Three friends grew up recording their various childish antics until YouTube comes along and gives them an outlet. Several years, and ten million followers later, Scooter follows our three protagonists as they undertake the ‘ultimate’ challenge for the sake of their channel. They must travel 866 miles from Miami to New Orleans on scooters with a top speed of 43 mph. Things quickly go awry when they witness a brutal murder and end up on the wrong side of the law … all while the cameras still roll.
The setup is derivative, yet original. It’s Joy Ride meets You Are Not Alone with a dash of Chronicle. The idea of vloggers getting caught up in ‘found footage’ horror is nothing new. However, director Matthew Wohl manages to weave in a distinctive story, complete with his own unique brand of juvenile slapstick comedy. Encounters with mermaids, and some poor decisions in a convenience store, never quite amount to anything, but do further develop the characters and their varying sensibilities.
Ultimately, the concept is the best thing about Scooter, as the execution often falls flat. That said, the three leads (Dondre Tuck, Stephan Pineda, and Joshua Zimmerman) are mostly believable as a trio of lifelong friends. They’re generally used to being on camera, but they don’t come across as experienced actors. This works as long as the characters are “on” in the sense that they’re playing to the audience within the narrative, but they don’t quite sell the switch when the true terror and “real” reactions begin.
The set pieces and fights are also not sold particularly well. Granted, scene blocking isn’t considered to be as critical in found footage, but filmmakers typically use “poor” blocking to cover up missing vfx or non-existent stunts. Here, however, characters are often shot, or “knocked out” in full frame while the lack of blood squibs and choreographed stunt-work, respectively, becomes painfully obvious. These shortcomings ultimately break the suspension of disbelief too many times over a brief, seventy minute runtime.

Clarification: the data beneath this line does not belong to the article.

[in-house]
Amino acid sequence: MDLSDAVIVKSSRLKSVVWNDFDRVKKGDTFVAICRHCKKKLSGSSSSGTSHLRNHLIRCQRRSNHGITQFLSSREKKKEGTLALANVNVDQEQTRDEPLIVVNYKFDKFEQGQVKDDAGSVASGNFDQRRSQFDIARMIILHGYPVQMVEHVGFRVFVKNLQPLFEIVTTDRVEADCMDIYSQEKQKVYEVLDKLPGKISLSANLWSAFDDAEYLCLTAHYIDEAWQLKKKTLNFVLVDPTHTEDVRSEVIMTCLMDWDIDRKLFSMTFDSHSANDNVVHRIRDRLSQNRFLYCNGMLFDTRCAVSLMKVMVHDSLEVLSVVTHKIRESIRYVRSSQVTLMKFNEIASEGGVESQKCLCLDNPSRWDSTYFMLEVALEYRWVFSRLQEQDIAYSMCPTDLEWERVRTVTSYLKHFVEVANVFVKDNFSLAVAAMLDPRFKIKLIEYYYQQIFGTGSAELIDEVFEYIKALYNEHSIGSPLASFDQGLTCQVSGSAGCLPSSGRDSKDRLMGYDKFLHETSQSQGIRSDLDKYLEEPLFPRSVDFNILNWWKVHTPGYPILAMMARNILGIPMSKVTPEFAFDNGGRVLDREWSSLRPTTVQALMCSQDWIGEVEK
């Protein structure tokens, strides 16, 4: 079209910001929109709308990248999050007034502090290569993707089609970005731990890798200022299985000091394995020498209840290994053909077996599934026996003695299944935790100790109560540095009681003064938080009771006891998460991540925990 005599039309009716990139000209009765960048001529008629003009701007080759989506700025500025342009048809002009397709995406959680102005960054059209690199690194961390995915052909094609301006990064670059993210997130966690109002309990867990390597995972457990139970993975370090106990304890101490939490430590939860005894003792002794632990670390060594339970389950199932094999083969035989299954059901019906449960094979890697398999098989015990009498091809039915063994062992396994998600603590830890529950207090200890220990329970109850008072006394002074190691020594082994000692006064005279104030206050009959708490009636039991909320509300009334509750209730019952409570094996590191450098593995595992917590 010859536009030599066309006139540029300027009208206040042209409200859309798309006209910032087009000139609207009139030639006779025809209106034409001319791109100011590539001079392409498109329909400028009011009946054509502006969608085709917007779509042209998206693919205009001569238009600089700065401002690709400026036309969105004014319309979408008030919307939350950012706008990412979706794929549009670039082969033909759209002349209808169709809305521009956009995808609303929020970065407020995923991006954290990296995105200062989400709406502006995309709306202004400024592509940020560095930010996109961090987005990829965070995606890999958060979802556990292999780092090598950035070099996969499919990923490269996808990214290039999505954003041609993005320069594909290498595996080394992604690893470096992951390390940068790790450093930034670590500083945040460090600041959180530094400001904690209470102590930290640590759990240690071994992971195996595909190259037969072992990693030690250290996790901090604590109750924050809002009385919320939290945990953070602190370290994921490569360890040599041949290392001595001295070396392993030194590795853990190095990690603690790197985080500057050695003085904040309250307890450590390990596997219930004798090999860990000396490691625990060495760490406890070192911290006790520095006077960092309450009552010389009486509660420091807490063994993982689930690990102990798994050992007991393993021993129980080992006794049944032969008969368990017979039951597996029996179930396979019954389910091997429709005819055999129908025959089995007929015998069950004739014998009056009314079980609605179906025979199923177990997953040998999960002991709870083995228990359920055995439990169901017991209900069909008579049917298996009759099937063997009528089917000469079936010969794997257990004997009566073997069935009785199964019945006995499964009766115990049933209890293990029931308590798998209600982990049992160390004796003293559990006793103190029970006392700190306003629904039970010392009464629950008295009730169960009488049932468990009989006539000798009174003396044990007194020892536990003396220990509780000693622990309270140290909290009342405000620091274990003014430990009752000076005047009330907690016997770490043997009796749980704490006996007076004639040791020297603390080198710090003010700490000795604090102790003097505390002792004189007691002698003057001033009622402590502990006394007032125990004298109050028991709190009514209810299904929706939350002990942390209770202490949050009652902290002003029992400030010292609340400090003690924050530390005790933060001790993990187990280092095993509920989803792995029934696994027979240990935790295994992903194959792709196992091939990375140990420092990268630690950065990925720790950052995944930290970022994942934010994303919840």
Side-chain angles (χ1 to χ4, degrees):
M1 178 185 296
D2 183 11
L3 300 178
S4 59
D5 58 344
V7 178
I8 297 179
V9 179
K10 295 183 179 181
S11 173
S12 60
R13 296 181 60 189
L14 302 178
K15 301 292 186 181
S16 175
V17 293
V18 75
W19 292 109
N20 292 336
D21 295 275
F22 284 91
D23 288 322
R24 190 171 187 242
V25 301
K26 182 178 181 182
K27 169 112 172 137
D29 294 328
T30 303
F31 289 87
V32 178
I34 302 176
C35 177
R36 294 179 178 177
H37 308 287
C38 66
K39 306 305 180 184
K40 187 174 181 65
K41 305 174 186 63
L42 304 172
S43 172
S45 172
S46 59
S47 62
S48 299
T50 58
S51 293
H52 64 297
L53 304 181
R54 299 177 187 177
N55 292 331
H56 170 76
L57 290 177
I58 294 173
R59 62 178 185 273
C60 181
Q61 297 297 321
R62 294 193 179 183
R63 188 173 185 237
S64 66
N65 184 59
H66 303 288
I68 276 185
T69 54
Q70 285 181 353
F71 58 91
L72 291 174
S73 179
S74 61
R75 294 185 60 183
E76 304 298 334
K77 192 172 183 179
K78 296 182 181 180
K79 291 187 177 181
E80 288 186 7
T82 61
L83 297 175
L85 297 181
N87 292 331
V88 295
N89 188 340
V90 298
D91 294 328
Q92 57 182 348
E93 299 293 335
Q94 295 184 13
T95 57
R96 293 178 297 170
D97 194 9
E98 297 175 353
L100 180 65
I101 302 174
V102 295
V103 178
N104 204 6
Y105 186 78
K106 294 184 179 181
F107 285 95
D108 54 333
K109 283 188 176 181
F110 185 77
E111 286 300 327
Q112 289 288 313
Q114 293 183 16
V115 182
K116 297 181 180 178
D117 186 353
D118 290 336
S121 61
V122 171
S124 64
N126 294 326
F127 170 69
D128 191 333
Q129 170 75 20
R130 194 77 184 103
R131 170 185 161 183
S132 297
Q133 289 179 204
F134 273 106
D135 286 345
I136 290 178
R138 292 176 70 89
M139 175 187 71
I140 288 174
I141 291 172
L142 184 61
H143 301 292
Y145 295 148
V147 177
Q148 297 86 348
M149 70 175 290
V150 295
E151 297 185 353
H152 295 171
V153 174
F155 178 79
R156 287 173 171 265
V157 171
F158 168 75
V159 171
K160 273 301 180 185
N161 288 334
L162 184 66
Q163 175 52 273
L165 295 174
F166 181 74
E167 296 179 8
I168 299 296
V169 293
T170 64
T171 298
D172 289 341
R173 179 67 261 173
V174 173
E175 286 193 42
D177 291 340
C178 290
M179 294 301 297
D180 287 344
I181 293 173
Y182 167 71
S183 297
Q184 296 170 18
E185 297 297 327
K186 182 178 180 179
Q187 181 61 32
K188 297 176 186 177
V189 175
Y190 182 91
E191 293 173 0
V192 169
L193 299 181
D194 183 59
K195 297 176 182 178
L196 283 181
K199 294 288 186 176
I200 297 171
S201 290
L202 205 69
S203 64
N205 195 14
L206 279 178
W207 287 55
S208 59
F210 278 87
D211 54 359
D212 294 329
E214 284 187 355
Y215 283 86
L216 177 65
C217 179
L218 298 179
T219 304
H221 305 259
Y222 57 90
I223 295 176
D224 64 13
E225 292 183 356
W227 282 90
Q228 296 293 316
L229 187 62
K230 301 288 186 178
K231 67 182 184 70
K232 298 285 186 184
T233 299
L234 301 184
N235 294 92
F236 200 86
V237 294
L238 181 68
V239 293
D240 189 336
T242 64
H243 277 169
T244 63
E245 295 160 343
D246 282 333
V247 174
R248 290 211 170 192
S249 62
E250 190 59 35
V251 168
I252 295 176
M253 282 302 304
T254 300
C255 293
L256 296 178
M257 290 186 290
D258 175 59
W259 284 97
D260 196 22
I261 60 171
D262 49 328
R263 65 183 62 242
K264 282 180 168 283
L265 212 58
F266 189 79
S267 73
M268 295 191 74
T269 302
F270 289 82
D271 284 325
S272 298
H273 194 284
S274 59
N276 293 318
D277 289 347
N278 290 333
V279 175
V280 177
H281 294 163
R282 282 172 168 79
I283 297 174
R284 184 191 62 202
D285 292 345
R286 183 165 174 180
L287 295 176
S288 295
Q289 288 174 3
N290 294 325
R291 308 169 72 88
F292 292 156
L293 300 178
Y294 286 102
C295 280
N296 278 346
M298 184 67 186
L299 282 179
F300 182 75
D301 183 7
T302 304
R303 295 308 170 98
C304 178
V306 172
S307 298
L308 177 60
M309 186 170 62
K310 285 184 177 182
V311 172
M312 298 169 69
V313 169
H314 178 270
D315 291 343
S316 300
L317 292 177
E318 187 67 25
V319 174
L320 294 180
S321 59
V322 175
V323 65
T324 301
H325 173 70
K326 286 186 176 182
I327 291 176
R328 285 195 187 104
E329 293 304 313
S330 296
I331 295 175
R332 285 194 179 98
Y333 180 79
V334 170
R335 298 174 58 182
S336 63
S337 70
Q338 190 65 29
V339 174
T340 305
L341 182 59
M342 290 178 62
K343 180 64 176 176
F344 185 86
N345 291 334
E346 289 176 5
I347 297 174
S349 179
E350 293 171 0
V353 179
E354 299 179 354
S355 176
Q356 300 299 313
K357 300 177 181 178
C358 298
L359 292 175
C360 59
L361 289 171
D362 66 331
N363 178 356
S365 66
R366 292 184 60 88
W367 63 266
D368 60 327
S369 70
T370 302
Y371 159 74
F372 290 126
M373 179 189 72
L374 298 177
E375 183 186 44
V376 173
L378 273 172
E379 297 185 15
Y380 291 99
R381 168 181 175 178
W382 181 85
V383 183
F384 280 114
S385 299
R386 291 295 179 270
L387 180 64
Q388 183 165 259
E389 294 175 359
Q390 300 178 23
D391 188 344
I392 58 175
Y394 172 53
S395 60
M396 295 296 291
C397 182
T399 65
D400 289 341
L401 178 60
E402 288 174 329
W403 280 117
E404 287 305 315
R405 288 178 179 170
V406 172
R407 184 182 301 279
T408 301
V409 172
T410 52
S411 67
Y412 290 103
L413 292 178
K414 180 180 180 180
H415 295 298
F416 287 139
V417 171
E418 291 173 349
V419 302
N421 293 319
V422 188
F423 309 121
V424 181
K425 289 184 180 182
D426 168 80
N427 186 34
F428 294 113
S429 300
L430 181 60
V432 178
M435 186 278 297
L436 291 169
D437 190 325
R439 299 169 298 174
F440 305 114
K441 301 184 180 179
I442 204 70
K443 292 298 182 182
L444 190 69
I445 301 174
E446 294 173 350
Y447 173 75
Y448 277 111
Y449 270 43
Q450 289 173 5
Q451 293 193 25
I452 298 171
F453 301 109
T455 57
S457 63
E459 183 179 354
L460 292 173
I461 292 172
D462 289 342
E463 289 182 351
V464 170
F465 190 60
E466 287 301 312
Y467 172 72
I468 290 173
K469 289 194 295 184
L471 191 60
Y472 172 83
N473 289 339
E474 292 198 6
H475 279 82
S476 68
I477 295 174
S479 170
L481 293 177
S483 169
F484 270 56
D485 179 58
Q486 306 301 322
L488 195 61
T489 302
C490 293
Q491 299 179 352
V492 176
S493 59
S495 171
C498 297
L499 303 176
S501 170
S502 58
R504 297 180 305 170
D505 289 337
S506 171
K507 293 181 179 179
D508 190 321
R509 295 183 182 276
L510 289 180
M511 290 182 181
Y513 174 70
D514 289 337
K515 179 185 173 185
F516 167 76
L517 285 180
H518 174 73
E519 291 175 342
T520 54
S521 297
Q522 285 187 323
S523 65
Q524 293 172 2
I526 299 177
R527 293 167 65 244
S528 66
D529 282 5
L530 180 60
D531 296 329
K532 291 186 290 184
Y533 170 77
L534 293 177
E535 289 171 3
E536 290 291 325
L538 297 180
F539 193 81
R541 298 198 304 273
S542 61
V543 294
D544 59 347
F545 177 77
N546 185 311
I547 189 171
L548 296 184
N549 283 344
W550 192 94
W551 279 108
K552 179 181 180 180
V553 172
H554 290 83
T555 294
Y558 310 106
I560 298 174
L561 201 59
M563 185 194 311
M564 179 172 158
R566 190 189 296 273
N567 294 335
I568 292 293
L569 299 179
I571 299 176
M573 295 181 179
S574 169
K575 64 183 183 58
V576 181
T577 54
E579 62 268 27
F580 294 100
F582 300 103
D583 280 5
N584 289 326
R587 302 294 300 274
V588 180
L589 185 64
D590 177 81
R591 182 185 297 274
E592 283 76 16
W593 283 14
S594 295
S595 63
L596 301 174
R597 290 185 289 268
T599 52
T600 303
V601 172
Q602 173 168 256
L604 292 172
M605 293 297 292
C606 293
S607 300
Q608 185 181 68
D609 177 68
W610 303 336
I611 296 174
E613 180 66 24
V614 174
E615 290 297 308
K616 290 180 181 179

It’s too easy to dismiss Scooter as glorifying the antics of privileged white males in contemporary YouTube culture. Wohl’s trio includes both a black and a Latino character, but he’s unfortunately not content to leave the racial commentary as mere subtext. Instead, a blatantly racist turn from Mitch Lemos (Burn Notice) as the corrupt sheriff beats us over the head with parallels to prominent political personas. This ultimately works to the film’s detriment. Still, the mixed-race cast should be appreciated as a way to make the largely unlikeable characters slightly more relatable.
Overall, Scooter manages to retain a fair amount of charm despite its flaws. Granted, I do not expect most viewers to be charmed enough to overlook them. I am, however, hopeful to see more from Wohl. He continues his brand of comedy from his short film, $18, which you can watch on his Vimeo channel, and I have no doubt a slightly larger budget could have transformed Scooter into something really special.
Scooter debuts on September 12, 2019 at the Regal South Beach in Miami, FL, with additional screenings to follow in Winter Park, FL, Brooklyn, NY, and Burlington, VT.
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